There is a traditional distinction between the earth as the space of nature, and the world as the space of humanity. Fictions and abstractions belong to the world, as do thought and action. The fable, however, invariably returns to nature in search of motifs that are excluded from the principles and imperatives of morality: animals, plants, inanimate objects. Children are the fable's ideal audience, and are also exempt from the sphere of morality and moral imperatives, even if only temporarily - that is, for as long as they are children or remain 'child-like.' In this sense, that which is excepted from morality is susceptible to becoming an example - a negative example - of the seemingly chaotic and 'anarchic' state of nature. Animal behavior, for instance, is often mobilized by moralistic discourses in order to prove that the true nature of humanity is one of uninhibited impulses that morality is designed to set right.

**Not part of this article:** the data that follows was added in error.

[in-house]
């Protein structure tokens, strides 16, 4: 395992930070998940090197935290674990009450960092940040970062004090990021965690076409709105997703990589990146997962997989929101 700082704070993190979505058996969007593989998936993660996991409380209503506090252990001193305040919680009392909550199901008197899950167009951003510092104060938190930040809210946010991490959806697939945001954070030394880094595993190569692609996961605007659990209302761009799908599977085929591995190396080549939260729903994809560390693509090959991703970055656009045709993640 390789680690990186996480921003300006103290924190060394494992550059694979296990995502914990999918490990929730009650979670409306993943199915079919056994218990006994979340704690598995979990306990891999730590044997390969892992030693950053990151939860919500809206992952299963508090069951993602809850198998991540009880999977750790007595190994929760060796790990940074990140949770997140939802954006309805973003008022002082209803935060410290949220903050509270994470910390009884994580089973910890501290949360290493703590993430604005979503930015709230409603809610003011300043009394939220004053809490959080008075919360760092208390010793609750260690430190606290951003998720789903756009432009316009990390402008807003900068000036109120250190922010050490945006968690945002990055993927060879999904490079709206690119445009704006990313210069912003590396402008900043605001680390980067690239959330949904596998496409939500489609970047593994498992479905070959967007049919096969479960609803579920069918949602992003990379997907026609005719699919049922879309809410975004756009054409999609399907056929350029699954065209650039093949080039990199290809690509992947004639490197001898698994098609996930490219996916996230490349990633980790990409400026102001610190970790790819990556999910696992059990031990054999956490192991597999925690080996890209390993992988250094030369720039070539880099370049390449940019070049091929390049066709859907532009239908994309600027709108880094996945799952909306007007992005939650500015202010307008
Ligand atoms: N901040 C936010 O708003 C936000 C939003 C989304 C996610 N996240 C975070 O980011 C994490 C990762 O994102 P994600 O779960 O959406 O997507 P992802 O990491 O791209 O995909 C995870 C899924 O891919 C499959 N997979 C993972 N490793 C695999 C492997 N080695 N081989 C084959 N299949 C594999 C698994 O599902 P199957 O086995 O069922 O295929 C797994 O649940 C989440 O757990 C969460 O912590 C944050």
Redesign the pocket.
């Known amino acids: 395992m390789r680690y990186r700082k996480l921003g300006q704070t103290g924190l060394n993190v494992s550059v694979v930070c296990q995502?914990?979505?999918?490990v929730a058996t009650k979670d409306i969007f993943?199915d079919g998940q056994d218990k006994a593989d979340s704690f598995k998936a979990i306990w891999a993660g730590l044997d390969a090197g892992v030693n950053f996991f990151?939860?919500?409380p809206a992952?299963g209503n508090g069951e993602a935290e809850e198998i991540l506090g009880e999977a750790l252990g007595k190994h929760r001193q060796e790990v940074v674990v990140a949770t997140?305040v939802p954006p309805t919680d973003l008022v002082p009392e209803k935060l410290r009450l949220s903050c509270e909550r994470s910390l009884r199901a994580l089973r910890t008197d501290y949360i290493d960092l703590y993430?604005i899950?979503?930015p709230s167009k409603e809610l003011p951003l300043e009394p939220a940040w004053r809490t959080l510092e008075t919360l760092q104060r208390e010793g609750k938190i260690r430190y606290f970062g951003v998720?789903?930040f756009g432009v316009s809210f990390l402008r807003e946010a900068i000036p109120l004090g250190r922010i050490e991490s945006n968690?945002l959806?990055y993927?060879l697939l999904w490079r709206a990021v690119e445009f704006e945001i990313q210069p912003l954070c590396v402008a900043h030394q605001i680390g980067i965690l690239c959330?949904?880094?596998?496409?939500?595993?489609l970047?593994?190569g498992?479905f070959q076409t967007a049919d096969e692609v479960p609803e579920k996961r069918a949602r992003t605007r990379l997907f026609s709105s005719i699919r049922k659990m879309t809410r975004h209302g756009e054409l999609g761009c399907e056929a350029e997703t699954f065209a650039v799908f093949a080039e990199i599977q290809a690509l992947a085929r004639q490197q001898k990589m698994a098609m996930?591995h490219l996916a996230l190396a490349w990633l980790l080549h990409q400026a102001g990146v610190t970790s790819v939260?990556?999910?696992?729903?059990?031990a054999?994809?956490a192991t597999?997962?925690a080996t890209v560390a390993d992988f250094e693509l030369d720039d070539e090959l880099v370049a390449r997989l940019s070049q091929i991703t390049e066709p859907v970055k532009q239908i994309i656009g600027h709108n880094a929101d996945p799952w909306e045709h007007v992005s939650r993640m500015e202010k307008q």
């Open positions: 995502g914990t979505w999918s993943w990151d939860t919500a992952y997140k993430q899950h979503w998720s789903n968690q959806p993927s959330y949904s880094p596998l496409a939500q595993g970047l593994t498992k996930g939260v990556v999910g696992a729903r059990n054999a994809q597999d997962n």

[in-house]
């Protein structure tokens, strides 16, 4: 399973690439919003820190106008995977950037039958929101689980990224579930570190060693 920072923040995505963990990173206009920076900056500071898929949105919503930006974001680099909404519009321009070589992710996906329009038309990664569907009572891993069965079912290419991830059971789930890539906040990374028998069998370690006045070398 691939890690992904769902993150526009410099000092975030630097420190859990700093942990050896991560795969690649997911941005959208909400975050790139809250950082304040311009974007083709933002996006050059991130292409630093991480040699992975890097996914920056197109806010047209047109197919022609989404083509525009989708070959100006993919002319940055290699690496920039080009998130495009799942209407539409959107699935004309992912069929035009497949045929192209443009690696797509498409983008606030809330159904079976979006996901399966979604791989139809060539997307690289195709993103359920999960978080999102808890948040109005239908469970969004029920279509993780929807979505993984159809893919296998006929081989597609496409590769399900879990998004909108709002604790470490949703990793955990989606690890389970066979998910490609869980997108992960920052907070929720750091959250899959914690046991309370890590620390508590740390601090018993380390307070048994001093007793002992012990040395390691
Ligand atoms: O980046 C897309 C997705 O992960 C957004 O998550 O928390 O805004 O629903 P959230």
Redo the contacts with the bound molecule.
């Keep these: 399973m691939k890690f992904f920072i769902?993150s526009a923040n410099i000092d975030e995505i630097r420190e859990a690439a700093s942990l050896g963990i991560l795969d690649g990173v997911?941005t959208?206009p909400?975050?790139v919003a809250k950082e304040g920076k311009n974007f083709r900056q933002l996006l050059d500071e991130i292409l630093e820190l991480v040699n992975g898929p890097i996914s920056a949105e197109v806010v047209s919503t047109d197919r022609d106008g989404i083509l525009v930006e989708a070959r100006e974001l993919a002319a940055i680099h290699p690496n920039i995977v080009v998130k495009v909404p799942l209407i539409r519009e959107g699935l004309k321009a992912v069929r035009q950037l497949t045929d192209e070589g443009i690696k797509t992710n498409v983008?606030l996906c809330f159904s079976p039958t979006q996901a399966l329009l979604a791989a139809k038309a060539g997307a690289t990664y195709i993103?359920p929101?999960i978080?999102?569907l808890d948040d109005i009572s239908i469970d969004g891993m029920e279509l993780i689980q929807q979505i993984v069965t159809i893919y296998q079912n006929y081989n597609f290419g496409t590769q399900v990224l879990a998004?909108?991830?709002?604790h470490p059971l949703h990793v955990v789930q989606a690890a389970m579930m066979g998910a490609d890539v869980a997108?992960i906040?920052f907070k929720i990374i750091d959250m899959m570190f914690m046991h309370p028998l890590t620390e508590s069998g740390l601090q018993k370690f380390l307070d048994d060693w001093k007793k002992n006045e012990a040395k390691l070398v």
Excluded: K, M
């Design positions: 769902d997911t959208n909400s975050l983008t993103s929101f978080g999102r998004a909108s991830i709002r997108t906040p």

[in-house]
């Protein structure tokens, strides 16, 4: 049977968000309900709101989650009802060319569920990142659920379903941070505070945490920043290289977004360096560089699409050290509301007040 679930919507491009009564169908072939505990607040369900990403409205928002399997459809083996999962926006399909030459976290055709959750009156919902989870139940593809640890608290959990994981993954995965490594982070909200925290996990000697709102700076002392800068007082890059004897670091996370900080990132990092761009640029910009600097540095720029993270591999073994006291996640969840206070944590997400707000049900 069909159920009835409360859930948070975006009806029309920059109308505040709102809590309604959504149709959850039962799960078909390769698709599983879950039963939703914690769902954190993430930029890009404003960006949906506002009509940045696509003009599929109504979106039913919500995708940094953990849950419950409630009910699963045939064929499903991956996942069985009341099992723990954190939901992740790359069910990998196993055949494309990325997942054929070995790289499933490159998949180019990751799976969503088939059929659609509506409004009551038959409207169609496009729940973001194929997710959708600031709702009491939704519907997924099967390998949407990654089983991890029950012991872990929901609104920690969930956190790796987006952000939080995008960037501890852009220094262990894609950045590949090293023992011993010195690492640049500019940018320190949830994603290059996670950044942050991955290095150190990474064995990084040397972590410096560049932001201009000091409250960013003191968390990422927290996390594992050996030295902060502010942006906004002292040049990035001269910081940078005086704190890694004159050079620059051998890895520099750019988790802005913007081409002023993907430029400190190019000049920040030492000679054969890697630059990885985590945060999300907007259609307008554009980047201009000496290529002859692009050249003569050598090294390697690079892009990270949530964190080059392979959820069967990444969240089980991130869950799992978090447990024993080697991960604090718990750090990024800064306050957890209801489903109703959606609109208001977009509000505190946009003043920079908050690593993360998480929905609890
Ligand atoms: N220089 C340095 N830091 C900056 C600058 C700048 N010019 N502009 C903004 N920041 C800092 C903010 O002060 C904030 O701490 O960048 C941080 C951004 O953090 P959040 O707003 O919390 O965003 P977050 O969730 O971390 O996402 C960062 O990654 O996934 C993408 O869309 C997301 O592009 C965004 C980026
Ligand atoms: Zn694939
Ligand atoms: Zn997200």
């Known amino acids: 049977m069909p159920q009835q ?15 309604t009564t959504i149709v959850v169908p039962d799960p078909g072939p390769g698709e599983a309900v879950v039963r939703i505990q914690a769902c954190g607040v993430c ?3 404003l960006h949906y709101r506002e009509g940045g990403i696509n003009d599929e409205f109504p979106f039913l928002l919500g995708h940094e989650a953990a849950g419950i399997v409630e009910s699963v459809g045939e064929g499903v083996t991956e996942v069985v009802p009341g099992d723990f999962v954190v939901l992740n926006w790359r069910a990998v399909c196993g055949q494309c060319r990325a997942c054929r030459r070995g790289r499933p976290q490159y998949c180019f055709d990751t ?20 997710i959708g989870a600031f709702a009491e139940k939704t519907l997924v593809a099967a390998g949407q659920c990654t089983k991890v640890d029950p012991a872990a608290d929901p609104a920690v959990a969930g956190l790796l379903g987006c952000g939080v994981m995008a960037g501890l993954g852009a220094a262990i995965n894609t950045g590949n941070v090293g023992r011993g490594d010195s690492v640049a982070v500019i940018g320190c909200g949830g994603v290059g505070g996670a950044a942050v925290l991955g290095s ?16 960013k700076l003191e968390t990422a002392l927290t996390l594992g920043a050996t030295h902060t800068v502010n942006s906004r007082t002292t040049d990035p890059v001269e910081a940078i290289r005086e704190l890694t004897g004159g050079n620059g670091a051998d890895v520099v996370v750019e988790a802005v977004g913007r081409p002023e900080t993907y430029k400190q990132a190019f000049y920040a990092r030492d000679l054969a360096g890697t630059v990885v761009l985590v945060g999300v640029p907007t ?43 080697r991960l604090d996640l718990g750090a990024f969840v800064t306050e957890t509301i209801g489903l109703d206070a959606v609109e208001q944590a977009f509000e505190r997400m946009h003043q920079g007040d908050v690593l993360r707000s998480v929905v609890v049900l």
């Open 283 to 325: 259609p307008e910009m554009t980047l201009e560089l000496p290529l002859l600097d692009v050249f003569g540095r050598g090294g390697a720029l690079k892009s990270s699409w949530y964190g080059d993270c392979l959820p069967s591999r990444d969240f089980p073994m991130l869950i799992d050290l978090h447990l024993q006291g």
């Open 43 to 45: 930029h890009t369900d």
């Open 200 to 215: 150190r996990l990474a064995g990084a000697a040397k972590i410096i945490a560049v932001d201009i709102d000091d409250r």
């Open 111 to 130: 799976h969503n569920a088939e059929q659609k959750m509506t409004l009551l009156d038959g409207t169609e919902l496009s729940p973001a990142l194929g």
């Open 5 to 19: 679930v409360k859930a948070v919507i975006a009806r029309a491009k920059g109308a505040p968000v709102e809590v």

Of Facts and Fables brings together a selection of works that mobilize this realm of exception, presenting a critical image of the world and its fictions, operating in a space of representation that relies on fabulous motifs. History, mysticism, fiction, and scientific discourse come together in this exhibition as both outmoded forms of thought, and as potential for new kinds of speculative critique.
Saadane Afif, Danai Anesiadou, Miroslaw Balka, Keren Cytter, Stan Douglas, Agnes Geoffray, Erik van Lieshout, Marko Lulic, Philippe Parreno, Lili Reynaud-Dewar, Luc Tuymans, Ola Vasiljeva, Danh Vo, Tris Vonna-Michell.
Juan A. Gaitan and Nicolaus Schafhausen; assisted by Amira Gad.